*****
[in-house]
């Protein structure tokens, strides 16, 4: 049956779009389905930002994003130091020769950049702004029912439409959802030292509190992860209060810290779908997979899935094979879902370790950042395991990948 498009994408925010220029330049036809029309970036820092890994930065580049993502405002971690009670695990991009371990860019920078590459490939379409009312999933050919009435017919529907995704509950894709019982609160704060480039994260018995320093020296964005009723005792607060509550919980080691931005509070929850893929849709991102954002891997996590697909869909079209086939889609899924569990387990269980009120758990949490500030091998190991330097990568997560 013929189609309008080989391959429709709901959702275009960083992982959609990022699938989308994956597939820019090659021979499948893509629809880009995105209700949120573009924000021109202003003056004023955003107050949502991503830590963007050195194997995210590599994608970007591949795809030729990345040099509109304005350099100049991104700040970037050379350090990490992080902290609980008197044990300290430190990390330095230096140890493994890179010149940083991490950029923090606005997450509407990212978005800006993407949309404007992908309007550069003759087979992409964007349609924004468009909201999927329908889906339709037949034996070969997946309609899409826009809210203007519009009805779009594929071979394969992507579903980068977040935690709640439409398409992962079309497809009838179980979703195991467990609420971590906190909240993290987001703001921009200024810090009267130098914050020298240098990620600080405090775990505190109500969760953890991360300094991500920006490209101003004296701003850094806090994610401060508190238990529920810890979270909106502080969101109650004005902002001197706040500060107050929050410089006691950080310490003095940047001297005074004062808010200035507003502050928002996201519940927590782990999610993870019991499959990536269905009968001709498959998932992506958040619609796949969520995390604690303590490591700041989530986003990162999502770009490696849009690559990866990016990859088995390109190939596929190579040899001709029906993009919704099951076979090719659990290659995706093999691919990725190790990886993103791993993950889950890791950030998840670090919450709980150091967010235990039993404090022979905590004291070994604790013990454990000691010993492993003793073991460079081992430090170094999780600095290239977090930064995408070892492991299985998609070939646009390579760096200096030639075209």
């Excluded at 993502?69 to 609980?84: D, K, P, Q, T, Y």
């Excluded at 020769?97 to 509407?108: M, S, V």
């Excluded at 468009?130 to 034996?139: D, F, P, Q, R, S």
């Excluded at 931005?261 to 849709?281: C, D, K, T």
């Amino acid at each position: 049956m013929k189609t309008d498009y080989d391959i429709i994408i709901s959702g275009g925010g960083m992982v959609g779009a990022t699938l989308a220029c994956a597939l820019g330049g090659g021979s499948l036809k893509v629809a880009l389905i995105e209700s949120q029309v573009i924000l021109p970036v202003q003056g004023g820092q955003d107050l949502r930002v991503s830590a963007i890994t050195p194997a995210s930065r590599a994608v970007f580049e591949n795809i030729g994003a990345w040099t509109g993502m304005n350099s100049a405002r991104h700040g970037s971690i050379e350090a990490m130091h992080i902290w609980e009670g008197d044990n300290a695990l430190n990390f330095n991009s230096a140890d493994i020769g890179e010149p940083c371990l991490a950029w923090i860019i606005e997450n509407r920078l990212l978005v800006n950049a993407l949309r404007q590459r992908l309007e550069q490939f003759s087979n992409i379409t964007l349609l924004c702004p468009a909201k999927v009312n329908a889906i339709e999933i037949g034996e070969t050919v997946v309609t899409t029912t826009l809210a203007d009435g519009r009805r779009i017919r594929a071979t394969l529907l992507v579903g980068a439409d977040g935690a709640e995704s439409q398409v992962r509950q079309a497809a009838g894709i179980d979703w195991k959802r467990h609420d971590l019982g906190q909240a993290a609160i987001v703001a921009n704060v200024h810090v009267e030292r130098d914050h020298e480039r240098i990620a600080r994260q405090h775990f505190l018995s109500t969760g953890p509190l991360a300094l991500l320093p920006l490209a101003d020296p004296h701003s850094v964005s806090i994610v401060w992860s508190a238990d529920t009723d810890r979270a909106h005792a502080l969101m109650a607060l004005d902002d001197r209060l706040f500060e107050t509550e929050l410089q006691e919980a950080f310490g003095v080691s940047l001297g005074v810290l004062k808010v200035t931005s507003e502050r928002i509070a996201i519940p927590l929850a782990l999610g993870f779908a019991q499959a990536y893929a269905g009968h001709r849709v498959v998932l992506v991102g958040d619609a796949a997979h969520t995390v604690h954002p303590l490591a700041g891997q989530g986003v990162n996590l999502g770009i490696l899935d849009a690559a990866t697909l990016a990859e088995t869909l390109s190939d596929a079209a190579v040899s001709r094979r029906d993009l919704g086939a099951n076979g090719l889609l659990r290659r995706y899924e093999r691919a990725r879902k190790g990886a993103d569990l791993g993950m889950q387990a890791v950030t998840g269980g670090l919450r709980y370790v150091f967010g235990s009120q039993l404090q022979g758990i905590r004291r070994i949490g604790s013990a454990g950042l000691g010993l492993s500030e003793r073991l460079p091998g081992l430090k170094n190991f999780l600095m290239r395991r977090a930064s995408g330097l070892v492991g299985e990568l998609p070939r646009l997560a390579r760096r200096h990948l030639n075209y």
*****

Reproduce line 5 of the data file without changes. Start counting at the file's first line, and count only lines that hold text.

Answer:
């Excluded at 468009?130 to 034996?139: D, F, P, Q, R, S």